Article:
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Italy is currently at the centre of public attention.

There is, on the one hand, the Pope, the self-proclaimed representative of God on Earth (for Catholics), who has decided to resign because of old age, thus encouraging the hopeful conclusion that God may possess some common sense after all.

On the other hand, there is Berlusconi, media Czar and main proponent of ‘bunga bunga’ politics, who has managed a comeback in last week’s elections. What’s more, his vulgar and hyperbolic style is setting standards: at the other end of the political spectrum, the comedian and blogger Beppe Grillo has managed to obtain a twenty-five percent of the vote, largely by giving free reign to his anger over politics and politicians.

Berlusconi has scored with the promise to abolish taxation. Grillo has a non-programme (available in German here) comprising a shopping list of some hundred or so propositions ranging from harmless (e.g. free Internet for all or more research on rare diseases) to green (e.g. no more private cars in cities) to reactionary (e.g. yes to austerity, no to Europe).

Together, Berlusconi and Grillo have captured more than fifty percent of the Italian vote.

How to interpret these results?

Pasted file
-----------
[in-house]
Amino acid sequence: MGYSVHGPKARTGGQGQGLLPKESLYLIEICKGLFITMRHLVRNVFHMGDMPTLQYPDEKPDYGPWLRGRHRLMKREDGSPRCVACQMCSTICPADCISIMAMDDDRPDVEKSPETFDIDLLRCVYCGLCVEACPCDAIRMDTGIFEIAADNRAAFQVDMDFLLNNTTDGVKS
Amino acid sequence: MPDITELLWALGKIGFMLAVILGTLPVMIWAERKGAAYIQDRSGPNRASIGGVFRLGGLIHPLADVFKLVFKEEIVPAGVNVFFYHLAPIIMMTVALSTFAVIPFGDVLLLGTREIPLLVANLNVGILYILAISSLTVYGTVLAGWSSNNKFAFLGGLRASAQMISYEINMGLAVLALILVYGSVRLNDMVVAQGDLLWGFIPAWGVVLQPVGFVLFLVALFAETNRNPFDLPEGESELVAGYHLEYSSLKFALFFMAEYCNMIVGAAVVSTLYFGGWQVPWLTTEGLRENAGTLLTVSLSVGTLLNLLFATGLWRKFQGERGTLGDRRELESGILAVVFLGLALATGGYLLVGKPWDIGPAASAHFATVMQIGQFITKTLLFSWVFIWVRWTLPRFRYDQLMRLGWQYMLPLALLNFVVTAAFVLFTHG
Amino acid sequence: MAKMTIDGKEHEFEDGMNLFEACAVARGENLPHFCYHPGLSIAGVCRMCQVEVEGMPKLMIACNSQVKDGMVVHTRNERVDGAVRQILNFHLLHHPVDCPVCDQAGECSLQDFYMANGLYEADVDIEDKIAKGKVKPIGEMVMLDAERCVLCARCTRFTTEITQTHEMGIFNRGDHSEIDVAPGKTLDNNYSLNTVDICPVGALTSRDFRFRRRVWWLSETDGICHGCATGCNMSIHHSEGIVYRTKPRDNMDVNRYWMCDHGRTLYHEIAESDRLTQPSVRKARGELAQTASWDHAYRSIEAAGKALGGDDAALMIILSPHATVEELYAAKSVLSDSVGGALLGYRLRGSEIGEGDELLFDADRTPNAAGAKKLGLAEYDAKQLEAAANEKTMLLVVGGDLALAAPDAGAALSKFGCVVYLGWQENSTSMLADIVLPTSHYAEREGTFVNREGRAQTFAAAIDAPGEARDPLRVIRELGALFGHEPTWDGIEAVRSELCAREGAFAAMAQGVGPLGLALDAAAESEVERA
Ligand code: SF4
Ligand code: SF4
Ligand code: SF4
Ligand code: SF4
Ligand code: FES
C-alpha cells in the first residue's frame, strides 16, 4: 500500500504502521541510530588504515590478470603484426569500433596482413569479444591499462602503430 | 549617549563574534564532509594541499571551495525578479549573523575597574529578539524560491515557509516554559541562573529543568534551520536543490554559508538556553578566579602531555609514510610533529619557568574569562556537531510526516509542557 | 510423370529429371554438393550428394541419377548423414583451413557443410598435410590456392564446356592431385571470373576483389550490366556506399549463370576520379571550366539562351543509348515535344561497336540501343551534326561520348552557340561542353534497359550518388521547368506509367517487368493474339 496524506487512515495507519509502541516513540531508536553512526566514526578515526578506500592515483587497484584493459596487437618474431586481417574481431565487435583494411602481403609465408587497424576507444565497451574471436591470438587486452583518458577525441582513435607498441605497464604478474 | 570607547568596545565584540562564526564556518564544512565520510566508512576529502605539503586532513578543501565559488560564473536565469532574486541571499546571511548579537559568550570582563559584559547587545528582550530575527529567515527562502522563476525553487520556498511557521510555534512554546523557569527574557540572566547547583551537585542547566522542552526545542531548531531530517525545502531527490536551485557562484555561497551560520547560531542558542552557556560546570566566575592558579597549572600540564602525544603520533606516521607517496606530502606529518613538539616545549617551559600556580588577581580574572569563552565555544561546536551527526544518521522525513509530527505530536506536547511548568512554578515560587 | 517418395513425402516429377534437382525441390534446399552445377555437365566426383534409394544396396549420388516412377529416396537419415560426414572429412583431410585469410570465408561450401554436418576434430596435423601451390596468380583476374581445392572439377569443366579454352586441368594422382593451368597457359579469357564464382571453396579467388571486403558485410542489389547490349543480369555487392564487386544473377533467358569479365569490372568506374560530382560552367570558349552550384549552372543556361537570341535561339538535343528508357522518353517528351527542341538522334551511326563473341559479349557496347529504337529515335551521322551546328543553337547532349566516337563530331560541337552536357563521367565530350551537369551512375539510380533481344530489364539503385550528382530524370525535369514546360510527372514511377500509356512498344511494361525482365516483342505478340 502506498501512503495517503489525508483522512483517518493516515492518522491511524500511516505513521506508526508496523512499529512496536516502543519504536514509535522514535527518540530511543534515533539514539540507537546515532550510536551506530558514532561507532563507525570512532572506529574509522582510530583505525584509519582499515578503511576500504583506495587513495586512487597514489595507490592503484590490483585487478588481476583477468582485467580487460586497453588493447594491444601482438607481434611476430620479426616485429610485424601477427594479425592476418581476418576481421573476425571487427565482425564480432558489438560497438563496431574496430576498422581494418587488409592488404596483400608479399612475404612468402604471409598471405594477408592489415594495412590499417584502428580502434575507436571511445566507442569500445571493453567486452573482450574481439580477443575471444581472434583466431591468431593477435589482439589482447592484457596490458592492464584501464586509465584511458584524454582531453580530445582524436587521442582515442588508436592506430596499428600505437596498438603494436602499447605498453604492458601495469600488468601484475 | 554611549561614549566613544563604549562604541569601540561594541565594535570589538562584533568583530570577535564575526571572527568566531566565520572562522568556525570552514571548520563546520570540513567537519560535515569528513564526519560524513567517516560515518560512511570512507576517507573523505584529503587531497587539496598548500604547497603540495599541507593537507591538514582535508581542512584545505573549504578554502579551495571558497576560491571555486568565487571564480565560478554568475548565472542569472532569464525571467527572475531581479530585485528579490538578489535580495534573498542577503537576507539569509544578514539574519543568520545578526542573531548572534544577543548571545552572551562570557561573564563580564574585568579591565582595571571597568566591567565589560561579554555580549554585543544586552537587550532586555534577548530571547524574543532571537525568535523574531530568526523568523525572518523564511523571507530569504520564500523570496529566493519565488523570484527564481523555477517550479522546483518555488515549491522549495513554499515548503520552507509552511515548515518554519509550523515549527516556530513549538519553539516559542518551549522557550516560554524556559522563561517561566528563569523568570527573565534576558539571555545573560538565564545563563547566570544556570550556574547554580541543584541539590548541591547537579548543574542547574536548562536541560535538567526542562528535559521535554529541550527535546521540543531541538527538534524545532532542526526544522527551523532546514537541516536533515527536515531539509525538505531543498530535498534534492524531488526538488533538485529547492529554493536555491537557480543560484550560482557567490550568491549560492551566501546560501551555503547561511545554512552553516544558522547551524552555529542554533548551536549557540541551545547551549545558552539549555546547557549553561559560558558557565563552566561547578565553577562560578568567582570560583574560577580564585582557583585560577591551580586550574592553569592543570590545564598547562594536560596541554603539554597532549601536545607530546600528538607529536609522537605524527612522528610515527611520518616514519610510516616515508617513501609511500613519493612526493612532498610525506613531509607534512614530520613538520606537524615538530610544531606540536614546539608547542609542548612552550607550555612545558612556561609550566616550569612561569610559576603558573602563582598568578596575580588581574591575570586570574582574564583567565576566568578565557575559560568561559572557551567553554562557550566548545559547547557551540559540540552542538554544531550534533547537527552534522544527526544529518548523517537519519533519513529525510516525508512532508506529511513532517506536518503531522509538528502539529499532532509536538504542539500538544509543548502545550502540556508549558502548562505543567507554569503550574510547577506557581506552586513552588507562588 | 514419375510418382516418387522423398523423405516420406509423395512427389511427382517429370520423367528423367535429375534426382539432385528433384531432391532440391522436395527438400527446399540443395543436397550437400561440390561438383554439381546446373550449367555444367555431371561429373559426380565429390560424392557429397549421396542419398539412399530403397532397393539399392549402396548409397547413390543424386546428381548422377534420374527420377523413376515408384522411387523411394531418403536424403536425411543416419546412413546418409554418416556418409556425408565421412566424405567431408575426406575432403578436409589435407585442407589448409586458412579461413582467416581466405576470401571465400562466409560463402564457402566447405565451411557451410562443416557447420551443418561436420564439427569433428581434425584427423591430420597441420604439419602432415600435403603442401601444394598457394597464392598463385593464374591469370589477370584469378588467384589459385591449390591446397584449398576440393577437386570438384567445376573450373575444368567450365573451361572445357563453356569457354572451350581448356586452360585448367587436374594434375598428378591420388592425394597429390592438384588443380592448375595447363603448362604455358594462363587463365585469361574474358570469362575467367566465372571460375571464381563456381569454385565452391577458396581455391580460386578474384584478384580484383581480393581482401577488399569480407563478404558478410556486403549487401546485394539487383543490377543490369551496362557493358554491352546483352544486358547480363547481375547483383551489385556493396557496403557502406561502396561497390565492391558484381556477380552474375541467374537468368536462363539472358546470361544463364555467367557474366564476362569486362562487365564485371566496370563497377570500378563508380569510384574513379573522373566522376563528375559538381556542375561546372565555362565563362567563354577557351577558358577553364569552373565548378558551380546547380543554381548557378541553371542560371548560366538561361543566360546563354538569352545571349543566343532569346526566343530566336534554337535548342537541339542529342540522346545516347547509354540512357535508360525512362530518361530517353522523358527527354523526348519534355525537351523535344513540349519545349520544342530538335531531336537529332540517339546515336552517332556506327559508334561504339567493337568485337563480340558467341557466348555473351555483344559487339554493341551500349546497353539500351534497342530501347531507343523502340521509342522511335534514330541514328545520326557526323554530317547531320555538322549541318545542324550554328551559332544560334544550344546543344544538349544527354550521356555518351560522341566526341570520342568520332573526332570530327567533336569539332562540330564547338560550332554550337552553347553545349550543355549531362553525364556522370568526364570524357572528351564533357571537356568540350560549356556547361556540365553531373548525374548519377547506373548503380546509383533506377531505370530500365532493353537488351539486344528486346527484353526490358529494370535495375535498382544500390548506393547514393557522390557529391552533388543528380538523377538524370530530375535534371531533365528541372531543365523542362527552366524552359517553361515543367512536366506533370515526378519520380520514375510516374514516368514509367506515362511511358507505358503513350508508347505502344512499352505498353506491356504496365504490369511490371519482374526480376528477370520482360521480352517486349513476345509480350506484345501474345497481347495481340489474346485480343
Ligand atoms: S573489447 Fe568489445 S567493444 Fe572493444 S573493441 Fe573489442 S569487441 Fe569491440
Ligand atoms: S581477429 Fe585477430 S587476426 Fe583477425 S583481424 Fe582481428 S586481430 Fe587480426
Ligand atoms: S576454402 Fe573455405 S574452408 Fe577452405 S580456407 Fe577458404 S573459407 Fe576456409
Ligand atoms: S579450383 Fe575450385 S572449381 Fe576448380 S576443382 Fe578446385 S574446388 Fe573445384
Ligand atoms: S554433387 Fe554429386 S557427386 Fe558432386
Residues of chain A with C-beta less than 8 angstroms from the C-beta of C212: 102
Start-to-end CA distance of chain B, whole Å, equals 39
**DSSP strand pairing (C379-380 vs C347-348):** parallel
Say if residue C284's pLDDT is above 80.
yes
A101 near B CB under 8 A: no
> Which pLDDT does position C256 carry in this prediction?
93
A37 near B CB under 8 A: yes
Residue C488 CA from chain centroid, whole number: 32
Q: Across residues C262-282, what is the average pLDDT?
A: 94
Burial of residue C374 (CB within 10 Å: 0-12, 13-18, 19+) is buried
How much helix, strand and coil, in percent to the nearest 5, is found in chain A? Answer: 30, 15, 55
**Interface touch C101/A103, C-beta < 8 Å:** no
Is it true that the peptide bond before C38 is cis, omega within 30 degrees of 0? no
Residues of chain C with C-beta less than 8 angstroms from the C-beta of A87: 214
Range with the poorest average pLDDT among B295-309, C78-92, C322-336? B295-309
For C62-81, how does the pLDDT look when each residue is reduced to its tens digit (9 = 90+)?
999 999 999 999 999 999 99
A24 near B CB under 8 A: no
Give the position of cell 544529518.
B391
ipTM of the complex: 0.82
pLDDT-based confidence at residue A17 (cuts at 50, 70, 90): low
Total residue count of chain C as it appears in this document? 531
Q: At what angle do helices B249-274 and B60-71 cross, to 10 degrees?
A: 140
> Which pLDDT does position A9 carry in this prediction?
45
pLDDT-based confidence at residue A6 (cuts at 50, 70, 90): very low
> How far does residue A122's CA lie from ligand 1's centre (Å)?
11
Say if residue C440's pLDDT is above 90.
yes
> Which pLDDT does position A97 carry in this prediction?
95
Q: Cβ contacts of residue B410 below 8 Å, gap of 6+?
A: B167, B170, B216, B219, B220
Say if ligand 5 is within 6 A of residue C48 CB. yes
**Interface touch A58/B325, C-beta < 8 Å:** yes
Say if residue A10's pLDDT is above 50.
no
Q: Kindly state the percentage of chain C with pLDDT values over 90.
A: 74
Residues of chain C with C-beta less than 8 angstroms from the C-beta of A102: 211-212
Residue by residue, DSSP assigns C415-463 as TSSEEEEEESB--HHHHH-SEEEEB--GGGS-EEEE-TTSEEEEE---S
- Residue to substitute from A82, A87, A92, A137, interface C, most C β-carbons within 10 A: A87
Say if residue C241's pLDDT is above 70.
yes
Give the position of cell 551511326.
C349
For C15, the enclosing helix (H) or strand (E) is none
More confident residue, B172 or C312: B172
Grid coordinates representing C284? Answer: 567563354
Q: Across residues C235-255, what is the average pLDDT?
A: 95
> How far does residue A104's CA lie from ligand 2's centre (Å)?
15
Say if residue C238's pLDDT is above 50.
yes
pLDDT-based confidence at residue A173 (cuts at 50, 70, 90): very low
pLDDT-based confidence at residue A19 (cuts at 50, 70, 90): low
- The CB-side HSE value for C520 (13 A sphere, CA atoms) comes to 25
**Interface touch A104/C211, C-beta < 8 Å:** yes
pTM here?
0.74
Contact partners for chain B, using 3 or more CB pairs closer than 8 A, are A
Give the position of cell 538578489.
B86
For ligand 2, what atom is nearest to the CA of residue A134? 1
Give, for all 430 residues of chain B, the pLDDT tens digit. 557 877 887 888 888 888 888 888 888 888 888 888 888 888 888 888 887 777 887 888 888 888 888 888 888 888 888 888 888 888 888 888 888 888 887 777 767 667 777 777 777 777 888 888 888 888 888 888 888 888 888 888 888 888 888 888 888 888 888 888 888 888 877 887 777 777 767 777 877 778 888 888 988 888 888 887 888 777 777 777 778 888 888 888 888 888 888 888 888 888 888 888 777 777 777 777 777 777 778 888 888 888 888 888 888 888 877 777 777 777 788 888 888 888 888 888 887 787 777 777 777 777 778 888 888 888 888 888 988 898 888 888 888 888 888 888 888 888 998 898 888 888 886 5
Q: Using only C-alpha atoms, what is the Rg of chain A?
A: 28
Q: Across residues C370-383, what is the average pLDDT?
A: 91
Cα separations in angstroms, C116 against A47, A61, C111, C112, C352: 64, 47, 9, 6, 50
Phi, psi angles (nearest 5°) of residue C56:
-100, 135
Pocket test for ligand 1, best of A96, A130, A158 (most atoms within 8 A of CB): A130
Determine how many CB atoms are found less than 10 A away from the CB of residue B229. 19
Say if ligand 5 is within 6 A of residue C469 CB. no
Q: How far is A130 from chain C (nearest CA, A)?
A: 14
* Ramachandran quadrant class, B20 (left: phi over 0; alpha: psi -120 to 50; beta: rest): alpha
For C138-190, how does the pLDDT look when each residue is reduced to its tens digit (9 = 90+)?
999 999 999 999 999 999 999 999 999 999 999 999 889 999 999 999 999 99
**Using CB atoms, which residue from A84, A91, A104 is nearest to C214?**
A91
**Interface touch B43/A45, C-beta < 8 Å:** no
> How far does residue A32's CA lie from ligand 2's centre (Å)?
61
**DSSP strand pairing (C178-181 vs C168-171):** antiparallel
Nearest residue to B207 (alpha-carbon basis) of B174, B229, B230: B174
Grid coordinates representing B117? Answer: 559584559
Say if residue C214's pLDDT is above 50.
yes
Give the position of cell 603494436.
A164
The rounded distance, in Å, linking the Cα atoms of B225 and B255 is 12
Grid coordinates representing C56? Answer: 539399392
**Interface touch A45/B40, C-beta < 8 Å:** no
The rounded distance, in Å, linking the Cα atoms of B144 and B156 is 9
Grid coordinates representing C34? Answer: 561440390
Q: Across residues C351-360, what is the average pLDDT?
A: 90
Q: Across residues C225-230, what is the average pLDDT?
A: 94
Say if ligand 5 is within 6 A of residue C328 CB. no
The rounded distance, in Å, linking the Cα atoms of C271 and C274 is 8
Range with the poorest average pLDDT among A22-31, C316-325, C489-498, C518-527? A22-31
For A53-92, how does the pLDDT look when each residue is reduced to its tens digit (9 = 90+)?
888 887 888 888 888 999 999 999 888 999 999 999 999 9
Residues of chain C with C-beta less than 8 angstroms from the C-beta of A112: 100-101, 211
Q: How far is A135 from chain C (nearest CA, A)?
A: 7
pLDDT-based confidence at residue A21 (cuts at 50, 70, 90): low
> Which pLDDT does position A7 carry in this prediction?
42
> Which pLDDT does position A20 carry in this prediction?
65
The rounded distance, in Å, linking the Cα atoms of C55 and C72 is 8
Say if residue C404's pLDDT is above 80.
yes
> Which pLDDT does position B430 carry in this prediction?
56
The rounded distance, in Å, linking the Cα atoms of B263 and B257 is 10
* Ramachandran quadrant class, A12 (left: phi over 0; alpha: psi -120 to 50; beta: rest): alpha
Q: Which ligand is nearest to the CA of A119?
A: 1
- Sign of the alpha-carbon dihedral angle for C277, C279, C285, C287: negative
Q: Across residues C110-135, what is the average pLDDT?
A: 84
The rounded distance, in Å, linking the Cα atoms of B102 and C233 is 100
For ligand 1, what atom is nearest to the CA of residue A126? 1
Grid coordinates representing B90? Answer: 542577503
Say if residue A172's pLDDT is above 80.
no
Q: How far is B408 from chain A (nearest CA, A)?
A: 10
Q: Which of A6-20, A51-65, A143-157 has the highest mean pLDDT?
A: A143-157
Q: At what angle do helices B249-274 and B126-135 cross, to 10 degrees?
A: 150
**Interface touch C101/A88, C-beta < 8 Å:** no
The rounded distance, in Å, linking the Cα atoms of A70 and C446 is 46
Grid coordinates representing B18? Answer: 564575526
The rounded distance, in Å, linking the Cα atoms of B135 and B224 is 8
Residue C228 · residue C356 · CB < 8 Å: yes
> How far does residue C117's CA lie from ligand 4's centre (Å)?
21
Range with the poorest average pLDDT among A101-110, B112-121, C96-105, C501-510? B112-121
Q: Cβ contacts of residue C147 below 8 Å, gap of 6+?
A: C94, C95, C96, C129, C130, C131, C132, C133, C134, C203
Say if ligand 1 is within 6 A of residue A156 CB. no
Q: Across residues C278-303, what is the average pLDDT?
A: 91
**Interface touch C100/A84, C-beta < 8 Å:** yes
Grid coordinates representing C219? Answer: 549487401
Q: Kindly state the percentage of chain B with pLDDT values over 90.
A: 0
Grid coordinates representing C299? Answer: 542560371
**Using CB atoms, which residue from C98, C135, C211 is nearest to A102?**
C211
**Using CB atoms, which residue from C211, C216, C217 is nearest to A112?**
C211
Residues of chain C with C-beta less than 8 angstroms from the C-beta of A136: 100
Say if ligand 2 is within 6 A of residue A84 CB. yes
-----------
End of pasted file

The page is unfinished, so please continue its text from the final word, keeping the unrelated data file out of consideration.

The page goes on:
The conclusion that a large part of the Italian electorate is behaving stupidly appears inevitable, whereby I am here using the term ‘stupid’ not to refer to lack of intelligence but rather its intentional suspension in order to make a point

The point being made by Italian voters who have voted for either Berlusconi or Grillo, is similar to that orchestrated by an old man who crosses the street when the red light/hand is flashing despite his fragility or rather in its denial.

Italians have been told there is no way around reforms in the areas of individual and corporate taxation, the labor market, pensions and health insurance. Many of these reforms are necessary for the long-term sustainability of social infrastructures – and not only, or even primarily, as a result of the financial crisis. Rather the latter has thrown light on the many systemic weaknesses with which our economies, especially in Southern Europe, have been functioning during the last decades.

Still, many Italians think it is possible to go on pretending political institutions are unnecessary whilst treating citizen responsibility as a commodity to be traded for mere diversion.

What is going to happen?

Keeping with the analogy of the old frail man crossing the street with the red light flashing in order to prove he is still young: unless he changes his behavior and does so fast he will be run down by a car.

Italy’s woes are serious but not unmanageable. The reforms the country is facing are long overdue. Delaying them further will only make the transition more painful and increase the country’s dependency on European funds.

New elections are very likely and may help clarify the situation. At least it can be hoped that, given a second chance, some voters will opt to exit from their denial position that renders them dependent on populists.